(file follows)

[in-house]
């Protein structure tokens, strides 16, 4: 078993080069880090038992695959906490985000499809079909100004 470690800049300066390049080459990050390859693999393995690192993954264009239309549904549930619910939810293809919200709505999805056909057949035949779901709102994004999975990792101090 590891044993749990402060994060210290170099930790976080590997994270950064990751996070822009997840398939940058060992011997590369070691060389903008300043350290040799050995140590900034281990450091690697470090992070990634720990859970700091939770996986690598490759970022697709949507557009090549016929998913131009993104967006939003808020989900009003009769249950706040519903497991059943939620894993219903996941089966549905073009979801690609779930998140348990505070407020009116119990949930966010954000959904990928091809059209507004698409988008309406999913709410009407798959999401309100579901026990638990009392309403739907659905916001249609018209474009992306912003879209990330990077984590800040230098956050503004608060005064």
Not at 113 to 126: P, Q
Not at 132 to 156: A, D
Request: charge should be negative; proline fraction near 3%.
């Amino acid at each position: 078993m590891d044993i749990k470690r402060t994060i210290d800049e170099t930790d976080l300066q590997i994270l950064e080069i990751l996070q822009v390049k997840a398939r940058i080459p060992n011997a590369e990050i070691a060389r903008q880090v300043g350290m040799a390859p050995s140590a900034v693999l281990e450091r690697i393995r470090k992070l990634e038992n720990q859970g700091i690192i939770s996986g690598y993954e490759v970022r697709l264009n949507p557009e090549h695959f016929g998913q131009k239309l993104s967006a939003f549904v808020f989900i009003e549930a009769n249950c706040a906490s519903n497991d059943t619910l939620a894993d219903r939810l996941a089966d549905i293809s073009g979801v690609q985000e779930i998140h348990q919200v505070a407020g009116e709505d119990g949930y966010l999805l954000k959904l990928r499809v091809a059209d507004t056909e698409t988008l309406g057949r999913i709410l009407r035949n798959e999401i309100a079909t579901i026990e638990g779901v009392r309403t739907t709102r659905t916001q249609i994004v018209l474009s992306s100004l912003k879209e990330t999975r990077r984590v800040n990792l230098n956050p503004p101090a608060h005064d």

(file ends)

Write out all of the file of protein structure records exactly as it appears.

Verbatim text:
[in-house]
């Protein structure tokens, strides 16, 4: 078993080069880090038992695959906490985000499809079909100004 470690800049300066390049080459990050390859693999393995690192993954264009239309549904549930619910939810293809919200709505999805056909057949035949779901709102994004999975990792101090 590891044993749990402060994060210290170099930790976080590997994270950064990751996070822009997840398939940058060992011997590369070691060389903008300043350290040799050995140590900034281990450091690697470090992070990634720990859970700091939770996986690598490759970022697709949507557009090549016929998913131009993104967006939003808020989900009003009769249950706040519903497991059943939620894993219903996941089966549905073009979801690609779930998140348990505070407020009116119990949930966010954000959904990928091809059209507004698409988008309406999913709410009407798959999401309100579901026990638990009392309403739907659905916001249609018209474009992306912003879209990330990077984590800040230098956050503004608060005064």
Not at 113 to 126: P, Q
Not at 132 to 156: A, D
Request: charge should be negative; proline fraction near 3%.
């Amino acid at each position: 078993m590891d044993i749990k470690r402060t994060i210290d800049e170099t930790d976080l300066q590997i994270l950064e080069i990751l996070q822009v390049k997840a398939r940058i080459p060992n011997a590369e990050i070691a060389r903008q880090v300043g350290m040799a390859p050995s140590a900034v693999l281990e450091r690697i393995r470090k992070l990634e038992n720990q859970g700091i690192i939770s996986g690598y993954e490759v970022r697709l264009n949507p557009e090549h695959f016929g998913q131009k239309l993104s967006a939003f549904v808020f989900i009003e549930a009769n249950c706040a906490s519903n497991d059943t619910l939620a894993d219903r939810l996941a089966d549905i293809s073009g979801v690609q985000e779930i998140h348990q919200v505070a407020g009116e709505d119990g949930y966010l999805l954000k959904l990928r499809v091809a059209d507004t056909e698409t988008l309406g057949r999913i709410l009407r035949n798959e999401i309100a079909t579901i026990e638990g779901v009392r309403t739907t709102r659905t916001q249609i994004v018209l474009s992306s100004l912003k879209e990330t999975r990077r984590v800040n990792l230098n956050p503004p101090a608060h005064d």